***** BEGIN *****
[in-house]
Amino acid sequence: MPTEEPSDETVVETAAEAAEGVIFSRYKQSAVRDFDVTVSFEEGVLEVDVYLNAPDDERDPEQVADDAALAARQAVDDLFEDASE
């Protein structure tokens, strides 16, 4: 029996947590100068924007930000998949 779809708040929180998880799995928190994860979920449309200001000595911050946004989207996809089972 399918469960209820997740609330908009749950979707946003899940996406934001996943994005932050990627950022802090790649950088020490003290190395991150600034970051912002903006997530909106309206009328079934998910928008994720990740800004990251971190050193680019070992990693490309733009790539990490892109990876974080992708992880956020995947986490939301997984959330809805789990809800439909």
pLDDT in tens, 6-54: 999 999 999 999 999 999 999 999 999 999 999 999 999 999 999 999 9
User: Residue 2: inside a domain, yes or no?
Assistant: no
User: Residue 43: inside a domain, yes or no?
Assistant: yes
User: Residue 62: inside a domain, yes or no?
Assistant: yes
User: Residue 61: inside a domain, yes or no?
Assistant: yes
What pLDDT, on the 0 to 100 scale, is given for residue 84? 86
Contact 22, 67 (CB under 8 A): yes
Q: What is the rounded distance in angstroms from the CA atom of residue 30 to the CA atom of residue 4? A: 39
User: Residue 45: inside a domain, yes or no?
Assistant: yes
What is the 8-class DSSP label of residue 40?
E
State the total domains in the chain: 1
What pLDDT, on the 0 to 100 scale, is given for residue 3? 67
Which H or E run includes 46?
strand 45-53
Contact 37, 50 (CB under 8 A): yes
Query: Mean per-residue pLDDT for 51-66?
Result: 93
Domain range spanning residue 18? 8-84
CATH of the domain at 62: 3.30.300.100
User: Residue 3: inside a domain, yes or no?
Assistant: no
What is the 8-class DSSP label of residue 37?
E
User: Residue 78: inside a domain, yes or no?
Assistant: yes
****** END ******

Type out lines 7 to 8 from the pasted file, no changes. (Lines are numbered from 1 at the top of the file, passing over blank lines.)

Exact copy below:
User: Residue 43: inside a domain, yes or no?
Assistant: yes